Friday, March 12, 2010

12 MAR 10: Crime Lab Held Hostage

A couple of Fridays ago, people held picket signs outside the Government Center -- and certainly fooled me. The demonstrators were promoting the "Heart for Haiti" fund-raising drive. But for a second, I thought the Columbus Tea Party finally had taken a stand about the Crime Prevention Director.

It might be time for another fund-raising campaign at the Government Center, after hearing what the mayor said Thursday. Jim Wetherington revealed Columbus can keep its state crime lab open beyond the end of the month - but for a price. Don't be surprised if a secluded spot on the "rails for trails" path is the drop point....

Mayor Jim Wetherington and City Manager Isaiah Hugley went to Atlanta Wednesday, to lobby for the Columbus G.B.I. crime lab. The mayor told WLTZ Thursday the lab can remain open through July, if the city comes up with $66,000. That's less than 50 cents per resident - and if the city can sneak it onto water bills, most people probably would never know.

The $66,000 figure apparently was determined during a Wednesday meeting with Georgia Lieutenant Governor Casey Cagle. The mayor and city manager didn't say anything about lobbying Governor Sonny Perdue - perhaps fearing he would find state money to move the lab to Warner Robins instead.

Once the next fiscal year begins in July, Mayor Wetherington says the city would have to pay $200,000 in "administrative costs" for the G.B.I. crime lab. That cost probably was a lot lower before the C.S.I. dramas started.

While the price tag may sound large, this statement by Mayor Wetherington actually sounds like good news for crime lab supporters. It means there's a way to keep the lab operating -- and we've heard plenty of stories about people operating meth labs for much less money.

Keep in mind the city of Columbus used $7.5 million in reserve funds last summer, to build the NCR plant. Compared to that, a potential $266,000 investment in a crime lab is.... well, you know.... as microscopic as a blood sample.

Earlier in the week, Mayor Wetherington tied the G.B.I. crime lab to his pet issue of "public safety." So I won't be surprised if he suggests the city take $66,000 from the "streets and safety sales tax" to keep the lab operating through July. After all, lab technicians might stumble upon a way to fill all the Columbus potholes for a lot less money.

There's another way to keep the crime lab on Macon Road open beyond the end of March - but that's probably the "nuclear option" Mayor Wetherington doesn't want to discuss publicly. Surround the lab with those 100 new police officers, and threaten a Victoryland-style raid.

This cost-sharing idea for the Columbus crime lab reflects a tight Georgia state budget. Things are so bad that Governor Sonny Perdue called Thursday for an end to the "sales tax holiday" in early August. That might not be easy for state lawmakers to accept - especially the ones who realize it falls around President Obama's birthday.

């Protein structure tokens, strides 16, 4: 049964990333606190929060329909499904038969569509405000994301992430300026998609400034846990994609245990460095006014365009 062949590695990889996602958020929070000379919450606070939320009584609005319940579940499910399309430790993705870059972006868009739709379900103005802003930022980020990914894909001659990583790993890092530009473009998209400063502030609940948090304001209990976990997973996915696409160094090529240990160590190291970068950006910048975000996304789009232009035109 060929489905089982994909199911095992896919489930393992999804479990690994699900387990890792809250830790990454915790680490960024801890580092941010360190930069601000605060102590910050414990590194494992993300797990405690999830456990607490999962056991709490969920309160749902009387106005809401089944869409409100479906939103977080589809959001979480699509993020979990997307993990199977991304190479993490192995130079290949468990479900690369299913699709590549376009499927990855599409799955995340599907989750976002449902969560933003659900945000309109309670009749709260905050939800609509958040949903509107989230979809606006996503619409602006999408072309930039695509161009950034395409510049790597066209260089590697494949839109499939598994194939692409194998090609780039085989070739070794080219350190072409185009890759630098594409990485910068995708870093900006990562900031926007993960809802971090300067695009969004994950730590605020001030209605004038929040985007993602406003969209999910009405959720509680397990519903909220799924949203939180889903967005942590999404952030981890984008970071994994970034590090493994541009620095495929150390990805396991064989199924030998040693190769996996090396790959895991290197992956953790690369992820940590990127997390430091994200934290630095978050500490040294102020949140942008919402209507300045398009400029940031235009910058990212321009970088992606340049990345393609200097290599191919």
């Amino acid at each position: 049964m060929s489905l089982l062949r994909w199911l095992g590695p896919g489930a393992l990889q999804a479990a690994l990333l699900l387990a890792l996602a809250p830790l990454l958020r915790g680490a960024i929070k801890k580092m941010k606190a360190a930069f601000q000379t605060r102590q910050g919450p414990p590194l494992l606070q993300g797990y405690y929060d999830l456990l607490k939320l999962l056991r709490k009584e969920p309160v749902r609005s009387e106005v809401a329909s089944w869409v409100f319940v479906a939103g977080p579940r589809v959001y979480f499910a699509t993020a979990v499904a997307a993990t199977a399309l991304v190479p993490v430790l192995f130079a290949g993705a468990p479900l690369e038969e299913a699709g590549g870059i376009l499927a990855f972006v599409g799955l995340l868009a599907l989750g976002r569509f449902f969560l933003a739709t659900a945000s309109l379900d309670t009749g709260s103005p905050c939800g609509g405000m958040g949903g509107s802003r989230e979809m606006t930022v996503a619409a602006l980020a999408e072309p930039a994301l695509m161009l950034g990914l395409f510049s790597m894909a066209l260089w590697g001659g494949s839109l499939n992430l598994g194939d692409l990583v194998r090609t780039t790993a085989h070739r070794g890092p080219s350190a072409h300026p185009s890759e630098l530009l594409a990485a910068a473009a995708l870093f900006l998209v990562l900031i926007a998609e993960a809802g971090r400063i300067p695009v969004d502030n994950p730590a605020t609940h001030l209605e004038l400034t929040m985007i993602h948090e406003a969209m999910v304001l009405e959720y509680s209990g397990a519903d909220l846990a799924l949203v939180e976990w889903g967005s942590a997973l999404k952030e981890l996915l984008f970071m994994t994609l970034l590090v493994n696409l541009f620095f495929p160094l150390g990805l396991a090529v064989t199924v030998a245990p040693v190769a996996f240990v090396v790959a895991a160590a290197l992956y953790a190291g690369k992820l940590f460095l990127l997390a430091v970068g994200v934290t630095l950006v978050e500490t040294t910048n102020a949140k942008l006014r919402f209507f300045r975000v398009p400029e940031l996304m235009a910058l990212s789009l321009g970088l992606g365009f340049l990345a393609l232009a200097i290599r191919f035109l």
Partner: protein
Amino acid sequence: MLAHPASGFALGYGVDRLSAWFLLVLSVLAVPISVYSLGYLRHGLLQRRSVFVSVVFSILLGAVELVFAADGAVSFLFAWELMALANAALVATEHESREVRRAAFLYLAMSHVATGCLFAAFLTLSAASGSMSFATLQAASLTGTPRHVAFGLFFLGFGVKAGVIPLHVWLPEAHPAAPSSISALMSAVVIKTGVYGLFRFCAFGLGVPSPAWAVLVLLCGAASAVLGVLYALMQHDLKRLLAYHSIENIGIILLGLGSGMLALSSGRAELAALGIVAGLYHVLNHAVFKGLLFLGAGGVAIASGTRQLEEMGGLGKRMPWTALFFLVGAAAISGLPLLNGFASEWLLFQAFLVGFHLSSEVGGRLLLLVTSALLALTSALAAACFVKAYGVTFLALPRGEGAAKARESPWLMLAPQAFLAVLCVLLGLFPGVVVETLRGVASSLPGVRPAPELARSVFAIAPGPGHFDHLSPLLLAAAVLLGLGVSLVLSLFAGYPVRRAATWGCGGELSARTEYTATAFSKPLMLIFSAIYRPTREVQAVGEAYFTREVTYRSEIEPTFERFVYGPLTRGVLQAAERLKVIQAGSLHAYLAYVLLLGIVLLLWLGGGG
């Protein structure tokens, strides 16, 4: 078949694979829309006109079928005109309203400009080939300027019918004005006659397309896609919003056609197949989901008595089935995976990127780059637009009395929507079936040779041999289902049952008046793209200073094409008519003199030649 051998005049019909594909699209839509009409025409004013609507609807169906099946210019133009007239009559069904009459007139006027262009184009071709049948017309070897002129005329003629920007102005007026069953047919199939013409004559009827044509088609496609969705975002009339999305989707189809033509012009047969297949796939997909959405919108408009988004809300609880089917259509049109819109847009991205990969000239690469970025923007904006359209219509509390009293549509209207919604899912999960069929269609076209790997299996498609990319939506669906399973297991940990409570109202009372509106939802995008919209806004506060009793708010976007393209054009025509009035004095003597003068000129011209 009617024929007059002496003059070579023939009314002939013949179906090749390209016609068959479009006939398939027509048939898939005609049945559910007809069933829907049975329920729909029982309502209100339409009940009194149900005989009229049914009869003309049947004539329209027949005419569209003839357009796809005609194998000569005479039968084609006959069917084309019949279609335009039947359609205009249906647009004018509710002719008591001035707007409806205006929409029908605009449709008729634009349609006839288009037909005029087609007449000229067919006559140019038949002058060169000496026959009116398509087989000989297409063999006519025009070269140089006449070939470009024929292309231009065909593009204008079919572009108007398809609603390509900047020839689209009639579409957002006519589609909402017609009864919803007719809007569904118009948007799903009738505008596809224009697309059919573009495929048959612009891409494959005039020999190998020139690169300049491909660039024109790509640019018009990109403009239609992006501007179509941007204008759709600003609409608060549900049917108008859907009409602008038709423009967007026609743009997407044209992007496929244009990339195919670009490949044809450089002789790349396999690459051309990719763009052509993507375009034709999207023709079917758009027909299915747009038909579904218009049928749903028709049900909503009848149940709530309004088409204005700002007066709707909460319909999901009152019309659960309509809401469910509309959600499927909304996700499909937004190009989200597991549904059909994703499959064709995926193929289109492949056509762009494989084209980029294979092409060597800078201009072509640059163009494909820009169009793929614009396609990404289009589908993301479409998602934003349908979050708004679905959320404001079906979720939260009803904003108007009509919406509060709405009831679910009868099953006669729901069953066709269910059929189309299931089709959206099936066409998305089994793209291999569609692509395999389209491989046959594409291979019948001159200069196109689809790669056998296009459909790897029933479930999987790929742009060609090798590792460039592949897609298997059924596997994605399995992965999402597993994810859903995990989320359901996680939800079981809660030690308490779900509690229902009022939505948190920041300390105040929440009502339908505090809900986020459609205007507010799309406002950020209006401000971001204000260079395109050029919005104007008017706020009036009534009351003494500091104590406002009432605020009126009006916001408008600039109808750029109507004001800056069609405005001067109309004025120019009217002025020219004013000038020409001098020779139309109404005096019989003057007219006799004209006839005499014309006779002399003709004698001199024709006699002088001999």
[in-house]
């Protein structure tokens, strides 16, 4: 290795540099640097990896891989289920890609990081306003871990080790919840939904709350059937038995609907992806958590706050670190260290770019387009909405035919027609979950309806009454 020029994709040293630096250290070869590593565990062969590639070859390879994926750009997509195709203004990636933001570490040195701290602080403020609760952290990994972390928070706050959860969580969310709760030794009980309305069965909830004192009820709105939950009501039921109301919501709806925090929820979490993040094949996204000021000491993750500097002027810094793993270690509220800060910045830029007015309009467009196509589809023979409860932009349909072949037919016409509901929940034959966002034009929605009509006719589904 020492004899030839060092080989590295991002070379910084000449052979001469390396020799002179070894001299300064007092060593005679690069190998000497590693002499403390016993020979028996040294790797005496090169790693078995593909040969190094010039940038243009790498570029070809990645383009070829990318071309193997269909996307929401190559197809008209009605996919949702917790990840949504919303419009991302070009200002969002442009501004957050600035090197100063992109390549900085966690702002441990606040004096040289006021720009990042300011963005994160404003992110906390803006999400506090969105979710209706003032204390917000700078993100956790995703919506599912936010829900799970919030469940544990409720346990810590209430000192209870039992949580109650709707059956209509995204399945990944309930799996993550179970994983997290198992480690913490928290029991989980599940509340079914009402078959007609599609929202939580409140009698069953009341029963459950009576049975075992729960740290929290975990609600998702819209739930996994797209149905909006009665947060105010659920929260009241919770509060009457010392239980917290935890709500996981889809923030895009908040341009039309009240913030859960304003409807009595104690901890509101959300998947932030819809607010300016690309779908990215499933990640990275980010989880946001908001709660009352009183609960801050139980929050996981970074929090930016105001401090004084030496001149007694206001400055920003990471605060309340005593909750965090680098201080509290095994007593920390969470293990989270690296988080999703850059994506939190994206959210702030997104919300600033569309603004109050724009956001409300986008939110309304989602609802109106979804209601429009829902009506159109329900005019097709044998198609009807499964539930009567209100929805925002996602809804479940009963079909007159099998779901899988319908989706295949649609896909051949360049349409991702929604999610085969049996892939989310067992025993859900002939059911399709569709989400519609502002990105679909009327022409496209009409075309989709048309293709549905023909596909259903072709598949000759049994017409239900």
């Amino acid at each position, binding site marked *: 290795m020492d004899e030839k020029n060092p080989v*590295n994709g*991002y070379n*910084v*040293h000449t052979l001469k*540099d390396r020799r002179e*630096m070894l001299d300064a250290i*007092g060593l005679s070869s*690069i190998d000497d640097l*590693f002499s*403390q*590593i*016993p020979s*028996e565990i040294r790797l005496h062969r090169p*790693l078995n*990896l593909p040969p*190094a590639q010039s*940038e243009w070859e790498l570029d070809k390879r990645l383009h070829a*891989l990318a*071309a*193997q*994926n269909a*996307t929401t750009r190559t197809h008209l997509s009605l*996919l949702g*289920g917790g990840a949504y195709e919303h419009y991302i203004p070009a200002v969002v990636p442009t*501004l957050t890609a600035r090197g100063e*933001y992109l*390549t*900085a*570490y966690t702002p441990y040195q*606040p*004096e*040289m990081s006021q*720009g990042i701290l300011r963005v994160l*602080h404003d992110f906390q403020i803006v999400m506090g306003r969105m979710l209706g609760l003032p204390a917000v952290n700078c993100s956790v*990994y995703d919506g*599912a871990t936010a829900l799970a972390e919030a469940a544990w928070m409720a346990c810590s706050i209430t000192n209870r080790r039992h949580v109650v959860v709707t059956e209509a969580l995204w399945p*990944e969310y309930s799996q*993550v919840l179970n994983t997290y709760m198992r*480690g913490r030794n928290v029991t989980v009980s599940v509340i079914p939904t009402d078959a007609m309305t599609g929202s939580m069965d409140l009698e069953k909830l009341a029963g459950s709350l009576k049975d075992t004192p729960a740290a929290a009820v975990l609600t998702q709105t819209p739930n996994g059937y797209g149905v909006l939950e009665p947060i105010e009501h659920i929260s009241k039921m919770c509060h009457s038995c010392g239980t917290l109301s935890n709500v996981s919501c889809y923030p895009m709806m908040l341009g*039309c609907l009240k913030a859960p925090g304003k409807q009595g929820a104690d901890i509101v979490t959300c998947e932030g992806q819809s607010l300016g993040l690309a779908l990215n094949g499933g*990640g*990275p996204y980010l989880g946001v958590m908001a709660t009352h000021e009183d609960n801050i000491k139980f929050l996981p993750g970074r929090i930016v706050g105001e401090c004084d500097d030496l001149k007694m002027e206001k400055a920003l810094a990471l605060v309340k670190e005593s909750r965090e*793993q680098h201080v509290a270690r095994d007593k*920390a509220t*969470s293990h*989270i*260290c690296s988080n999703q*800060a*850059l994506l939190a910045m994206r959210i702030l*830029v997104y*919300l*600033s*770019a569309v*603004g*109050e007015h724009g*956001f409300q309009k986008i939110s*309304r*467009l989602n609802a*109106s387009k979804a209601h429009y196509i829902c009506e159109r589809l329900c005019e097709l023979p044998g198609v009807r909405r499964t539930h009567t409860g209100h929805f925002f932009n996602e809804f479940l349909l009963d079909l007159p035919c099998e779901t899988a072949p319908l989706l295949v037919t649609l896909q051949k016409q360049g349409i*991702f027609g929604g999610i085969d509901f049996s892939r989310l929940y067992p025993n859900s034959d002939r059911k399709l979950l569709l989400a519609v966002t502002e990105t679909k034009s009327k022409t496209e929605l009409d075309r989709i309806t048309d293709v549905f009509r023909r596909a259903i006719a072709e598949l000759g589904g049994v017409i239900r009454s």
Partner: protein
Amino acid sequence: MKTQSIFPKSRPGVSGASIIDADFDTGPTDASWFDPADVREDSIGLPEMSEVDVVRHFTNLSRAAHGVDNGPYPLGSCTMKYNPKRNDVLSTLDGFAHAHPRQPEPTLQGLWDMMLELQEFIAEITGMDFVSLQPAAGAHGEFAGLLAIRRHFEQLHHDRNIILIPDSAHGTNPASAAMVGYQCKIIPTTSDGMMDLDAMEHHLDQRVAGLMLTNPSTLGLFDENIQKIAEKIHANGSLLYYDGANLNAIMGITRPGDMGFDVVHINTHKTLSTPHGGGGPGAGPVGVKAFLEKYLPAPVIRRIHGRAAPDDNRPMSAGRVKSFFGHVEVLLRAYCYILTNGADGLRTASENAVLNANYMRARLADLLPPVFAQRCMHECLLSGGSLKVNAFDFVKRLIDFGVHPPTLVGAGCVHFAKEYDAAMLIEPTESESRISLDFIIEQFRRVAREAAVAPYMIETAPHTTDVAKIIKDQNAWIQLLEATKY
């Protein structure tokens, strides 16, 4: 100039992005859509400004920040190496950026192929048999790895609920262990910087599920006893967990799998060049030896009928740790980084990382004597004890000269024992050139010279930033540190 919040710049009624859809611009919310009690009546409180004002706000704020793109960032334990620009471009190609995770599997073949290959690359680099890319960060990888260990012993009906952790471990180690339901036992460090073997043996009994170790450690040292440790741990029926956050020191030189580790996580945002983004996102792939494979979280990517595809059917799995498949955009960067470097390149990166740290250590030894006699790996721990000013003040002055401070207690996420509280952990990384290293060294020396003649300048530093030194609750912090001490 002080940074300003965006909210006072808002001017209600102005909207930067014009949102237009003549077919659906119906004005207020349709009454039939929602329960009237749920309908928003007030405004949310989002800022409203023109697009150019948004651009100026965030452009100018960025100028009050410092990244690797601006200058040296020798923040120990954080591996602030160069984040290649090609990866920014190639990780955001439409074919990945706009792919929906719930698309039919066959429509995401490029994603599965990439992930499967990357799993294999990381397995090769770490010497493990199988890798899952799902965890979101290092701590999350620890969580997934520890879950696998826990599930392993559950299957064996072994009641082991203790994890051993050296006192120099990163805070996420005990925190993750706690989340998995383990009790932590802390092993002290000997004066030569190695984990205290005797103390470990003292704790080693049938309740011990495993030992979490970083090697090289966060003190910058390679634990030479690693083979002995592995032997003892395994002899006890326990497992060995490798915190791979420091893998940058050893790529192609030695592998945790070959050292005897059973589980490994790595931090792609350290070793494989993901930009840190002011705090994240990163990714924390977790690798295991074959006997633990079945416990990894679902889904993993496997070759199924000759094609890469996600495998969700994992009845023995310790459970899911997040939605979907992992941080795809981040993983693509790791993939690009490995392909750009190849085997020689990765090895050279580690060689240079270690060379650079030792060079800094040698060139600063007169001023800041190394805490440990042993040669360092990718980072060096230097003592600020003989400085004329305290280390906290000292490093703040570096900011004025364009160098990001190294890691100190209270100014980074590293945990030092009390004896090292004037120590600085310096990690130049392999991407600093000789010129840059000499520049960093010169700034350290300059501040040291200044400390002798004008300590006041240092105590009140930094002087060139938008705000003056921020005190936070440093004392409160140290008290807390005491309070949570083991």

Georgia's Governor admitted he's abandoned the idea for a "bed tax" on hospitals. It's just as well - since the most expensive Columbus hotel is probably still a better value for an overnight stay.

Let's see what else bubbled out of the test tube Thursday:

+ Columbus Fire officials announced last September's fire at River Road Pharmacy no longer is blamed on electrical problems, and now is considered arson. So why would someone want to burn down a pharmacy? If the prescription cough syrup doesn't work, you can always buy a pack of Hall's and save money.

+ The Columbus Trade Center hosted a show displaying the latest uses of robotic technology. But I noticed one area where humans still are necessary. One evening newscast showed a robot with an annoying squeak, like it badly needs oiling.

+ Alabama Attorney General Troy King announced a lengthy federal grand jury investigation of him is over. King left the impression he will NOT be indicted -- so it's apparently OK for Mississippi casinos to donate to his re-election campaign again.

+ Georgia Tech knocked out North Carolina in the Atlantic Coast Conference men's basketball tournament 62-58. Now I know WLTZ is biased in favor of North Carolina - because it refused to show the Yellowjackets win, and presented "Parks and Recreation" instead.

+ Georgia ousted Arkansas from the Southeastern Conference tournament 77-64. The SEC Network telecast spotted Bulldog Coach Mark Fox nibbling on a courtside "press row" cookie in the final minute. He truly has NOT enjoyed the sweet taste of victory much this season.

+ Instant Message to the University of Georgia: I didn't know you kept a "Bulldog 100," with fast-growing businesses operated by alumni. But when the top two businesses in Albany are law firms and one of them specializes in bankruptcies, is that really a good economic trend?

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